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February 4, 2012

Iran bans citizens from road travel to Syria

Sports

AFP
February 4, 2012

DAMASCUS: Protesters flooded towns and cities across Syria defying a brutal government crackdown on Friday to commemorate the notorious 1982 massacre in the city of Hama that killed tens of thousands.
At least 17 people were reported killed on Friday, including eight soldiers, activists said. In Hama’s central neighbourhood of Junub al-Malaab, security forces opened fire on demonstrators, killing at least one and wounding three more, said the Syrian Observatory for Human Rights.
It reported two more killed by security force fire in Daraya in Damascus province and said at least another five people were killed — among them two children — across the country. The Britain-based group said the eight soldiers were killed in clashes in the southern Daraa province with fighters of the Free Syrian Army (FSA), made up of defectors and sympathisers.
Another soldier was also killed earlier in the village of Jasem, also in Daraa province. Protesters emerged from Friday prayers in the port of Latakia where security forces opened fire to disperse them, the Observatory said, reporting a similar demonstration in Yabrod in Damascus province. Under the slogan “Hama, forgive us,” regime opponents had urged protesters to wear black and march in honour of the estimated 10,000 to 40,000 people who died in the massacre ordered by Hafez, father of President Bashar al-Assad. Demonstrators turned out in their thousands in Hama itself, Idlib in the north, Daraa in the south and in Damascus province.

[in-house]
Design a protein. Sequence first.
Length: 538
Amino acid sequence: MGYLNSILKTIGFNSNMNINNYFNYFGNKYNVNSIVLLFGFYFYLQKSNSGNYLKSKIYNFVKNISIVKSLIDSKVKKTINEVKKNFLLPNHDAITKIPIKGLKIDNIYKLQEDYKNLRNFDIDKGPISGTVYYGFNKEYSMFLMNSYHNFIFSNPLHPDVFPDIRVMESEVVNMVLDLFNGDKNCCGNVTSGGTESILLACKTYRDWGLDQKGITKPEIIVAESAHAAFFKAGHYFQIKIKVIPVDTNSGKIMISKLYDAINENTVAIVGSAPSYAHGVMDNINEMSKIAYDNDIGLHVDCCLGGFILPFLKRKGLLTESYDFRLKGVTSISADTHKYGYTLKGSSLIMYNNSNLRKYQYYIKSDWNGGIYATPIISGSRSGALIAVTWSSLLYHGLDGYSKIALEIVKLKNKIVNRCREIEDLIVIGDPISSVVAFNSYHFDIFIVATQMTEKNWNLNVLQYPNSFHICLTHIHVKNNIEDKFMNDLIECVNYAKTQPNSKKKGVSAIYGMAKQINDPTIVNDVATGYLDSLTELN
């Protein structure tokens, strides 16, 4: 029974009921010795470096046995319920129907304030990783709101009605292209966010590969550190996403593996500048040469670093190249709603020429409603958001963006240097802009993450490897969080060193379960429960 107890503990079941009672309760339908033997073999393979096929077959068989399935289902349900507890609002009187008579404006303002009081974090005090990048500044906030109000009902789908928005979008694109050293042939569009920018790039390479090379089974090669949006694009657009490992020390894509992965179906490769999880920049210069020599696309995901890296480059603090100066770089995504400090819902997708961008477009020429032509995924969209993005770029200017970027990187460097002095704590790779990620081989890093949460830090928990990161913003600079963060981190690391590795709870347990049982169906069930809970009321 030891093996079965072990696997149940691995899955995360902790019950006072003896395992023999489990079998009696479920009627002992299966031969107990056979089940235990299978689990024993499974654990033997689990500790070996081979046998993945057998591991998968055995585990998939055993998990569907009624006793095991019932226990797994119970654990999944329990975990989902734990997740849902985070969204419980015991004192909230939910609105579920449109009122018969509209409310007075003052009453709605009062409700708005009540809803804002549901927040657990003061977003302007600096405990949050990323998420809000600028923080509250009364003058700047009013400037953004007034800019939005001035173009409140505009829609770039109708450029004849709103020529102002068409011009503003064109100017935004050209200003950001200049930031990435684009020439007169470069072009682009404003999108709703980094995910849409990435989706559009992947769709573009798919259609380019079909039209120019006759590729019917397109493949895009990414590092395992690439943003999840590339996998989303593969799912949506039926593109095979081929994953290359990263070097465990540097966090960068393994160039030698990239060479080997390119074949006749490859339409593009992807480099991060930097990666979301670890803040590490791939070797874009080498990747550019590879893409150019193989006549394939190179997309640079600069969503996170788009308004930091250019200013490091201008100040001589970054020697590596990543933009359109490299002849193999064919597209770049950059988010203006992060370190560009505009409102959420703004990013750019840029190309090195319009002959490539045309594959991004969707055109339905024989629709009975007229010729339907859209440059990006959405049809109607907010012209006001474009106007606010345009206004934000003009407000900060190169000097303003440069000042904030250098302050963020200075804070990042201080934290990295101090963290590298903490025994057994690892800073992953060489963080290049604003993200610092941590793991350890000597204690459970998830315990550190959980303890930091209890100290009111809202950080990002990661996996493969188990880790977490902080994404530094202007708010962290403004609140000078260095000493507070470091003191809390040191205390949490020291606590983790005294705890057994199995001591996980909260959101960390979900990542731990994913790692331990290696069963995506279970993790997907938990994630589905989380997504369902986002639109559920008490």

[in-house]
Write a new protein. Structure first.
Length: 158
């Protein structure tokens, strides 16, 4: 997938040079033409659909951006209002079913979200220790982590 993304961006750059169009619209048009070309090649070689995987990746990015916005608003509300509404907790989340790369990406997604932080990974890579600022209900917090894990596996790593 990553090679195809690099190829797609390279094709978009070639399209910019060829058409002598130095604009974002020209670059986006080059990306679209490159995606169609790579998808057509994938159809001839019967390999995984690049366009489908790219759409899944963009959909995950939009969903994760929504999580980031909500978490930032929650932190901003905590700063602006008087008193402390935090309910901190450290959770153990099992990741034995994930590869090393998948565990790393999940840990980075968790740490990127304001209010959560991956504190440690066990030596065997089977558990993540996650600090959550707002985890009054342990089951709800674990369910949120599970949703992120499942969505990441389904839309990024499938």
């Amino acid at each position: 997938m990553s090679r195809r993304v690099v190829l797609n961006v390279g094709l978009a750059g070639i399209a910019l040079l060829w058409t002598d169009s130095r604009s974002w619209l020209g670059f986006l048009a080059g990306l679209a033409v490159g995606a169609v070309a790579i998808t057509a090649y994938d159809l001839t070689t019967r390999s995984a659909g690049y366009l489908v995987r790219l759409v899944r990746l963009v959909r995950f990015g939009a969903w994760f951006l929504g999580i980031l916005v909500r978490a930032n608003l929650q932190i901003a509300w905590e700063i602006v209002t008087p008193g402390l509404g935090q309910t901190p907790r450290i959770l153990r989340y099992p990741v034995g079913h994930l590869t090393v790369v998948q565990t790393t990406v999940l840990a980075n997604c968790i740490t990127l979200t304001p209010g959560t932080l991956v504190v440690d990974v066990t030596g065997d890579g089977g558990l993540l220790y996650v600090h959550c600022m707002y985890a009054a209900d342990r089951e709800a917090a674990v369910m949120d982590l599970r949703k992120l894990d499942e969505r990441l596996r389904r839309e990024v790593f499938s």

“Hafez is dead, Hama is not! Bashar will die and Syria will not!” read placards brandished by protesters in the Al-Kidam district of Damascus, according to an Internet video posted by militants. “Collective punishment won’t work this time!” read another.
Rallies were also staged on Thursday in memory of the Hama victims as Western and Arab countries sought to reach agreement on a draft UN resolution to pressure Syria to end its almost

11-month crackdown on dissent.
Meanwhile, Iran banned its citizens on Friday from travelling to Syria by road following the abduction of nearly 30 Iranians in the escalating uprising in its key Middle East ally, state media reported.
“Due to the terrorist acts against Iranian pilgrims who are taking road trips to the holy sites in Syria, from Friday and until further notice road trips to this destination are forbidden,” the head of Iran’s passport and immigration police, Mahmoud Sadeqi, told the official IRNA news agency.
Sadeqi appealed to nationals to travel to Syria, a major pilgrimage destination for Iran’s Shiite majority, only by plane. Eleven Iranian pilgrims were kidnapped last Wednesday in the central Syrian city of Hama, IRNA reported. Another 11 were reported abducted on January 26. A group of seven Iranian engineers were kidnapped near the central city of Homs in late December, bringing the total to 29, according to IRNA.
Last week, the rebel Free Syrian Army claimed to have captured five Iranian military officers in Homs, and urged Tehran to withdraw any other troops it may have in Syria. It was not clear whether the five referred to were among the seven abducted engineers or were a separate group. Tehran has called on Damascus “to use all means... to release” the captive Iranians. caption
TRIPOLI: Lebanese and Syrian protesters chant slogans and carry pre-Baath Party Syrian flags during a protest in solidarity with Syria’s anti-government protesters here on Friday.

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